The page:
Taking these bold steps will ensure the U.S. is better prepared for any future pandemic and can avert the devastation caused by COVID-19. We look forward to working with you to develop, introduce, and pass meaningful legislation to improve the nation’s response to global pandemics and reduce the likelihood that they will occur.
Elizabeth Warren Ro Khanna
United States Senator Member of Congress
 Pew Research Center, “Unemployment rose higher in three months of COVID-19 than it did in two years of the Great Recession,” Rakesh Kochhar, June 11 2020, https://www.pewresearch.org/fact-tank/2020/06/11/unemployment-rose-higher-in-three-months-of-covid-19-than-it-did-in-two-years-of-the-great-recession/.
 Washington Post, “Trump administration pushing to block new money for testing, tracing and CDC in upcoming coronavirus relief bill,” Erica Werner and Jeff Stein, July 18, 2020, https://www.washingtonpost.com/us-policy/2020/07/18/white-house-testing-budget-cdc-coronavirus/; New York Times, “Trump Suggests Lack of Testing is No Longer a Problem,” Jonathan Martin, Maggie Haberman, and Mike Baker, March 30, 2020, https://www.nytimes.com/2020/03/30/us/politics/trump-governors-coronavirus-testing.html.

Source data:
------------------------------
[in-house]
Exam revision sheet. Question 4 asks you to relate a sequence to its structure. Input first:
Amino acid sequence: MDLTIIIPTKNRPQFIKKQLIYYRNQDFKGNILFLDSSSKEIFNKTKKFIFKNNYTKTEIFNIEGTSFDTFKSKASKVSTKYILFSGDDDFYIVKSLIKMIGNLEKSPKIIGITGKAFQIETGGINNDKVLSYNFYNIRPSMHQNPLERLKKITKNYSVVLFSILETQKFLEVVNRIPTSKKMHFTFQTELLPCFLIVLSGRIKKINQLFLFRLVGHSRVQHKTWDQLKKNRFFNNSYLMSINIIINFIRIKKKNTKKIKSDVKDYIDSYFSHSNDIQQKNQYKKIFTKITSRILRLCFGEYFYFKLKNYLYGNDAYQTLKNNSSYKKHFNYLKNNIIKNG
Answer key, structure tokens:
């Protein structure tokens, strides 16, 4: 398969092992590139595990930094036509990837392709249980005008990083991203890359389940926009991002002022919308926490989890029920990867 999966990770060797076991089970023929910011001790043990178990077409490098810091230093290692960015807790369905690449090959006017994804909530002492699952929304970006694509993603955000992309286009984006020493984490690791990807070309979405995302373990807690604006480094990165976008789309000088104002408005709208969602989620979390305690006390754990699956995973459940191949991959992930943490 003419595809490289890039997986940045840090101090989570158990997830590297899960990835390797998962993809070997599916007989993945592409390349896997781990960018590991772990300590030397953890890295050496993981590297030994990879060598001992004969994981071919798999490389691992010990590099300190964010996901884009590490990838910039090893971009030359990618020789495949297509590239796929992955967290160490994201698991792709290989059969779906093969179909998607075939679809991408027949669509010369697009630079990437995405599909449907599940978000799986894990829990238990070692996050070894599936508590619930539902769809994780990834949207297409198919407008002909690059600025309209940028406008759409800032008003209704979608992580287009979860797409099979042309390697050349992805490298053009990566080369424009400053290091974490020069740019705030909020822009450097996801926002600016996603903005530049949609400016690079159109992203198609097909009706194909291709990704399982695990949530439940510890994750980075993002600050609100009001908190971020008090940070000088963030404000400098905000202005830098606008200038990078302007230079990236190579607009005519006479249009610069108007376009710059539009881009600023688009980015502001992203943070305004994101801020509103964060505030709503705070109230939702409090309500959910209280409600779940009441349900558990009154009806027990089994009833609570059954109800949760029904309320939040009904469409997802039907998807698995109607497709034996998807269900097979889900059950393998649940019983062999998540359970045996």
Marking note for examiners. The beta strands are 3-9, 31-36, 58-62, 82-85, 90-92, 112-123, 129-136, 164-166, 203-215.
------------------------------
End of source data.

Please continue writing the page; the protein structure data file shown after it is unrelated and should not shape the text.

Wall Street Journal, “A Deadly Coronavirus Was Inevitable. Why Was No One Ready?” Betsy McKay and Phred Dvorak, August 13, 2020, https://www.wsj.com/articles/a-deadly-coronavirus-was-inevitable-why-was-no-one-ready-for-covid-11597325213.
 ProPublica, “How Climate Change Is Contributing to Skyrocket Rates of Infectious Disease,” Abrahm Lustgarten, May 7, 2020, https://www.propublica.org/article/climate-infectious-diseases.
 Trust for America’s Health, “The Impact of Chronic Underfunding of America’s Public Health System: Trends, Risks, and Recommendations, 2019,” https://www.tfah.org/report-details/2019-funding-report/.
Brookings Institution, “Strategies for increasing affordable housing amid the COVID-19 economic crisis,” Ingird Ellen, Erin Graves, Katherine O’Regan, and Jenny Schuetz, June 8, 2020, https://www.brookings.edu/research/strategies-for-increasing-affordable-housing-amid-the-covid-19-economic-crisis/.